3. Protect your most productive hours
Find a time in the day when you are most productive. Make sure you do your most important tasks at this time. Protect this time and furiously defend it against distractions.
This is a work in progress for me and my boyfriend and still causes fights.
For example, I will be in the middle of drafting a technically challenging finance article that involves percentages, ROI and all sorts of ratios, and I can feel myself finally getting into the flow of writing. My boyfriend will finish his conference call, walk over to my work corner and ask, “Cup of tea, love?” before rattling on about how his call went. Cue me losing my productive trail of thought.
If you can have an open conversation with your partner about the times you are most productive and request peace and no interruptions in these times, it will help avoid fights.
4. Share chores
To maintain a clean comfortable environment to work in, you and your partner will need to do chores around the house.
Avoid resentment from either party by taking turns and compromising. For example, I hate throwing the rubbish out, but I don’t mind scrubbing and cleaning the bathroom. My boyfriend vacuums and I mop.
Both of you need to pull your weight and if one doesn’t want to clean, they must take up another task, like cooking or grocery shopping, to keep it fair.
5. Give each other space
Sometimes humans can be like cats: we like strokes and cuddles, but we also just want to be left alone.
A few times a week, I like to curl up next to my window in the evening and read a book or e-course. My boyfriend sees me and leaves me to it, and it makes me feel so happy and content just to have my own space and do my own thing for a while.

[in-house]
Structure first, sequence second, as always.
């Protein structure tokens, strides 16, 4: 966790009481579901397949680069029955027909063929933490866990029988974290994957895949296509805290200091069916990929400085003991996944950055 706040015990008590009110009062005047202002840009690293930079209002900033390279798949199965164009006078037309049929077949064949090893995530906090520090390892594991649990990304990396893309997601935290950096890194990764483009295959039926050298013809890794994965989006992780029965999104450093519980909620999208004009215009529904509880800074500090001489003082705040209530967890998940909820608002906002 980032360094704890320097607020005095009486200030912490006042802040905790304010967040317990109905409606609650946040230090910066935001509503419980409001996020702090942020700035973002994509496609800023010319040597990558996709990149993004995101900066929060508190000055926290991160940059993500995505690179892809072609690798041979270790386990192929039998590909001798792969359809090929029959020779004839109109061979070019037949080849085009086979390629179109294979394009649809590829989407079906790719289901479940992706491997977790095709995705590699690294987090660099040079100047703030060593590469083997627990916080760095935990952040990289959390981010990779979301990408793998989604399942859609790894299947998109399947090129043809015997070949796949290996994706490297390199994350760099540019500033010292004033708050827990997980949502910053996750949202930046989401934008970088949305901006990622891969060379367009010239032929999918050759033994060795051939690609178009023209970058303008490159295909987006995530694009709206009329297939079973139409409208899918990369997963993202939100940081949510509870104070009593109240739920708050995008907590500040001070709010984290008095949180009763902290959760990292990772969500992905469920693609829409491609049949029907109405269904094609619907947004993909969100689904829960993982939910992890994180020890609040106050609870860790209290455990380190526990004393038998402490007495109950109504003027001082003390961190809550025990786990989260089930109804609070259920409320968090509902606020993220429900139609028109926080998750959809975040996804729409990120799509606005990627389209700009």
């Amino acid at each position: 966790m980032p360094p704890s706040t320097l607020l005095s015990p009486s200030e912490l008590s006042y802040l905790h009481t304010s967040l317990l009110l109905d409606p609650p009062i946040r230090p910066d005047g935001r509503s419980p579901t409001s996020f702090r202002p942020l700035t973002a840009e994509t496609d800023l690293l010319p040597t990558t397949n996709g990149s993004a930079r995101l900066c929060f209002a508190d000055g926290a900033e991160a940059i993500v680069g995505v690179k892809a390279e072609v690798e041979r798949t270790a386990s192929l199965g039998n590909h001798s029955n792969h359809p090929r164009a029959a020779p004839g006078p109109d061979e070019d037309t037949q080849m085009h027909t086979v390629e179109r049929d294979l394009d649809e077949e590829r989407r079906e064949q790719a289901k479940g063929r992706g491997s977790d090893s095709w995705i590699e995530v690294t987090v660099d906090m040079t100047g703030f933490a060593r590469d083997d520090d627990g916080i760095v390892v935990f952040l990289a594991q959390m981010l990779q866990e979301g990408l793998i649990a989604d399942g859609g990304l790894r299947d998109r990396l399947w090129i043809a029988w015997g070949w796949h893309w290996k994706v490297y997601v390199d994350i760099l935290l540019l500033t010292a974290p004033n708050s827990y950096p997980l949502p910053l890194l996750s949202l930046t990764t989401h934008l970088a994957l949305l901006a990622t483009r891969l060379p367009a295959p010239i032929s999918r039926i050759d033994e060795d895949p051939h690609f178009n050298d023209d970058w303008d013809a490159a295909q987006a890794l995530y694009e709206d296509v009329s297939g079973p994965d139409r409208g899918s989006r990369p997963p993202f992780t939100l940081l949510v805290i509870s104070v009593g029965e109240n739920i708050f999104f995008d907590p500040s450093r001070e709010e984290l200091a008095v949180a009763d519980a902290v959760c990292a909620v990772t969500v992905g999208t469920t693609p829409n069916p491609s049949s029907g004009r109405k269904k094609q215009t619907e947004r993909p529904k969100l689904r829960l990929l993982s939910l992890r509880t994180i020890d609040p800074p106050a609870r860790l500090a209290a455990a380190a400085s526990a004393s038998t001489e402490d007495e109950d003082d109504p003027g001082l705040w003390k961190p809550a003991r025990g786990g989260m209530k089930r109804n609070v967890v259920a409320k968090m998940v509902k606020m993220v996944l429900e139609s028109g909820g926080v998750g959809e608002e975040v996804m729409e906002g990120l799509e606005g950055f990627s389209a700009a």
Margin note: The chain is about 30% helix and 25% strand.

Similarly, if he’s watching a football video on his laptop after work, I just leave him be and let him enjoy his own time.
After we have our own time apart, we reconvene in the best of moods, ready to laugh and chat together.
6. Let yourself off the hook
It is important to acknowledge that this pandemic has forced us all into unusually challenging situations. Naturally, these are going to have consequences.
I used to wonder if there was something wrong with my relationship when we fought. But then I realised, it’s only natural.
Take a breather and refrain from writing the relationship off as a failure. If you can, go for a walk alone and let your mind unwind. After that, come home and talk it out with your partner.
It is normal for a couple to fight during these trying times. Remember: all those pictures of couples being 100% happy all the time on Instagram are not accurate!
How To Survive a Lockdown When You’re Stuck With Your Partner 24/7
Being in a relationship during this pandemic is a privilege. So many people are scared, isolated, and are facing this pandemic alone, without support. Being grateful for this support helped me appreciate my boyfriend more and stop nitpicking at things that annoyed me during the lockdown.
All images courtesy of Aisha Preece.